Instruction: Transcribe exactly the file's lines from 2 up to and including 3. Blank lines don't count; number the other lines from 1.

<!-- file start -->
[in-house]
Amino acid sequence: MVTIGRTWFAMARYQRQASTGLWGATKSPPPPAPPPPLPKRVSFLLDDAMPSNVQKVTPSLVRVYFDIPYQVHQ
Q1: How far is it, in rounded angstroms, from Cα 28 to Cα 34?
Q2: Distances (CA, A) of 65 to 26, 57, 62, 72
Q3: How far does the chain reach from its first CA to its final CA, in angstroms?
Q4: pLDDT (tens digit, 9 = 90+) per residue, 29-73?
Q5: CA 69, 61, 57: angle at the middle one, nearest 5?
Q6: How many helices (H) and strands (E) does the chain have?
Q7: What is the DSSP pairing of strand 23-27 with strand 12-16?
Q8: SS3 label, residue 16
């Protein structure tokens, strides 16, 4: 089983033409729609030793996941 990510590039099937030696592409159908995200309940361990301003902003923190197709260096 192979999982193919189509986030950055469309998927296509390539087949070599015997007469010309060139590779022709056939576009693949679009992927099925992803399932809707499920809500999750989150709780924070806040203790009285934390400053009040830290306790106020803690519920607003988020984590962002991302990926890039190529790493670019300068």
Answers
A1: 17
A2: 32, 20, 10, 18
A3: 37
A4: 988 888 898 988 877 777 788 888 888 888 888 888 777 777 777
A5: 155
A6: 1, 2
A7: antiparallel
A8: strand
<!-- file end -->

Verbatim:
Amino acid sequence: MVTIGRTWFAMARYQRQASTGLWGATKSPPPPAPPPPLPKRVSFLLDDAMPSNVQKVTPSLVRVYFDIPYQVHQ
Q1: How far is it, in rounded angstroms, from Cα 28 to Cα 34?